Almost every other major Internet platform makes use of some form of algorithmic recommendation. Google Maps calculates driving routes using unspecified variables, including predicted traffic patterns and fuel efficiency, rerouting us mid-journey in ways that may be more convenient or may lead us astray. The food-delivery app Seamless front-loads menu items that it predicts you might like based on your recent ordering habits, the time of day, and what is “popular near you.” E-mail and text-message systems supply predictions for what you’re about to type. (“Got it!”) It can feel as though every app is trying to guess what you want before your brain has time to come up with its own answer, like an obnoxious party guest who finishes your sentences as you speak them. We are constantly negotiating with the pesky figure of the algorithm, unsure how we would have behaved if we’d been left to our own devices. No wonder we are made anxious. In a recent essay for Pitchfork, Jeremy D. Larson described a nagging feeling that Spotify’s algorithmic recommendations and automated playlists were draining the joy from listening to music by short-circuiting the process of organic discovery: “Even though it has all the music I’ve ever wanted, none of it feels necessarily rewarding, emotional, or personal.”
Scholars have come up with various terms to define our fitful relationship with algorithmic technology. In a 2017 paper, Taina Bucher, a professor at the University of Oslo, collected aggrieved tweets about Facebook’s feed as a record of what she called an emerging “algorithmic imaginary.” One user wondered why her searches for a baby-shower gift had seemingly prompted ads for pregnancy-tracking apps. A musician was frustrated that his posts sharing new songs were getting little attention, despite his best attempts to optimize for promotion by, say, including exclamatory phrases such as “Wow!” There was a “structure of feeling” developing around the algorithm, Bucher told me, adding, “People were noticing that there was something about these systems that had an impact on their lives.” Around the same time, Tarleton Gillespie, an academic who works for Microsoft’s research subsidiary, described how users were learning to shape what they posted to maximize their “algorithmic recognizability,” an effort that he compared to a speaker “turning toward the microphone” to amplify her voice. Content lived or died by S.E.O., or search-engine optimization, and those who learned to exploit its rules acquired special powers. Gillespie cites, as an example, when the advice columnist Dan Savage mounted a successful campaign, in 2003, to overwhelm the Google search results for Rick Santorum, the right-wing senator, with a vulgar sexual neologism.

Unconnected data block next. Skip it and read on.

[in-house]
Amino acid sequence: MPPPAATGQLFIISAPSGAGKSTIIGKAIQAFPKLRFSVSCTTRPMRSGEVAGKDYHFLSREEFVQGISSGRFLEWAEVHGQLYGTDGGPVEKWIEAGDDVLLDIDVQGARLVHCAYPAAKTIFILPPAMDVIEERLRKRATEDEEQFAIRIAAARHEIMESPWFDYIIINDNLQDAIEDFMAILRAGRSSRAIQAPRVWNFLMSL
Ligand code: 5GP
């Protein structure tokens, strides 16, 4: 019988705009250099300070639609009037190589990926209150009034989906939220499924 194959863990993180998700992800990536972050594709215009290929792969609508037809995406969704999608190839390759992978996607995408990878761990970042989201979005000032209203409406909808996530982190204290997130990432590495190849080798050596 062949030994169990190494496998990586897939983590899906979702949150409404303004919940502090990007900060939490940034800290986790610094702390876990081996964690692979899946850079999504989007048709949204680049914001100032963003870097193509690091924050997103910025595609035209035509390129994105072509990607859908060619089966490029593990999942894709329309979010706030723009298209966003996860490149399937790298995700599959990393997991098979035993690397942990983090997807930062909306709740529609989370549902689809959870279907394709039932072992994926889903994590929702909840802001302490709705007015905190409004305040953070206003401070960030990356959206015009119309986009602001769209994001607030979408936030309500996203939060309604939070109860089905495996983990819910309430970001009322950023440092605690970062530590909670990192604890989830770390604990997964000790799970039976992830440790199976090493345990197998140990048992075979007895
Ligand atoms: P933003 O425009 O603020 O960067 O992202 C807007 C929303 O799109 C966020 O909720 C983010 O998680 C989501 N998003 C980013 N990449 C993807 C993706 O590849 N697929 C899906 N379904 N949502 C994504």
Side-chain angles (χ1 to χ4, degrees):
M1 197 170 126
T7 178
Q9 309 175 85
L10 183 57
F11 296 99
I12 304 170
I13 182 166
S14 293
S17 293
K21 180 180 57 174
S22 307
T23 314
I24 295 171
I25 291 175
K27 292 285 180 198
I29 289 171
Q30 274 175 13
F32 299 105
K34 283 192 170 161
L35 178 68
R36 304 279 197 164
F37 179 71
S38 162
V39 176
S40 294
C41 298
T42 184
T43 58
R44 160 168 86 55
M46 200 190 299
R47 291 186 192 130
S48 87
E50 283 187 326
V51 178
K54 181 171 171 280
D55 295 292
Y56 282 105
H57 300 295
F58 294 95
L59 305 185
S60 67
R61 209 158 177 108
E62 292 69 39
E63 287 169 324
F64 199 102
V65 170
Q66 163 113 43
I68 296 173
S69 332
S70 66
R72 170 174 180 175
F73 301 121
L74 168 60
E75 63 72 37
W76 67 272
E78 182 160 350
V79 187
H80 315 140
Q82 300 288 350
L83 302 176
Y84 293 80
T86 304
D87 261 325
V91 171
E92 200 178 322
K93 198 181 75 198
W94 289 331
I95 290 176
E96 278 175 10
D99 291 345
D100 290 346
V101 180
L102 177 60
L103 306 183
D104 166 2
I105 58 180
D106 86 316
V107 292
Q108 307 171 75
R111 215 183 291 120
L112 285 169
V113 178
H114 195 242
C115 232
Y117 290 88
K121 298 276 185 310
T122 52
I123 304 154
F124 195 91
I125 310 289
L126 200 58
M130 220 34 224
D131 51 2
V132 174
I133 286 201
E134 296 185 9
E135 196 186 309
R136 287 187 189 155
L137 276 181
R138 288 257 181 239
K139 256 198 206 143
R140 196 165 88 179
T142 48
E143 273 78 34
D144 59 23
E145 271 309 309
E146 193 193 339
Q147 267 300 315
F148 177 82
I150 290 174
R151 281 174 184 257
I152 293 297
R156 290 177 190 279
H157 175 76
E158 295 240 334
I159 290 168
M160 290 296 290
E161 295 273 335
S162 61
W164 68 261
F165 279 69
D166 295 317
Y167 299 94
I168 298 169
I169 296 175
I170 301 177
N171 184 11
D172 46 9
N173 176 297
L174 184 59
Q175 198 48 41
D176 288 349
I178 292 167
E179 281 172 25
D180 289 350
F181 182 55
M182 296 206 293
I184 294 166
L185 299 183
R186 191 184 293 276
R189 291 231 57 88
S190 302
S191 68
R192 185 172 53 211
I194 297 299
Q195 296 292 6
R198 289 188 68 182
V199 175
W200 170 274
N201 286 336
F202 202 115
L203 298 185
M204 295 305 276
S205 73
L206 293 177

“Algorithmic anxiety,” however, is the most apt phrase I’ve found for describing the unsettling experience of navigating today’s online platforms. Shagun Jhaver, a scholar of social computing, helped define the phrase while conducting research and interviews in collaboration with Airbnb in 2018. Of fifteen hosts he spoke to, most worried about where their listings were appearing in users’ search results. They felt “uncertainty about how Airbnb algorithms work and a perceived lack of control,” Jhaver reported in a paper co-written with two Airbnb employees. One host told Jhaver, “Lots of listings that are worse than mine are in higher positions.” On top of trying to boost their rankings by repainting walls, replacing furniture, or taking more flattering photos, the hosts also developed what Jhaver called “folk theories” about how the algorithm worked. They would log on to Airbnb repeatedly throughout the day or constantly update their unit’s availability, suspecting that doing so would help get them noticed by the algorithm. Some inaccurately marked their listings as “child safe,” in the belief that it would give them a bump. (According to Jhaver, Airbnb couldn’t confirm that it had any effect.) Jhaver came to see the Airbnb hosts as workers being overseen by a computer overlord instead of human managers. In order to make a living, they had to guess what their capricious boss wanted, and the anxious guesswork may have made the system less efficient over all.
The Airbnb hosts’ concerns were rooted in the challenges of selling a product online, but I’m most interested in the similar feelings that plague those, like Valerie Peter, who are trying to figure out what to consume. To that end, I recently sent out a survey about algorithms to my online friends and followers; the responses I received, from more than a hundred people, formed a catalogue of algorithmic anxieties. Answering a question about “odd run-ins” with automated recommendations, one user reported that, after he became single, Instagram began recommending the accounts of models, and another had been mystified to see the Soundgarden song “Black Hole Sun” pop up on every platform at once. Many complained that algorithmic recommendations seemed to crudely simplify their tastes, offering “worse versions of things I like that have certain superficial similarities,” as one person put it. All but five answered “yes” to the question, “Has ‘the algorithm,’ or algorithmic feeds, taken up more of your online experience over the years?” One wrote that the problem had become so pervasive that they’d “stopped caring,” but only because they “didn’t want to live with anxiety.”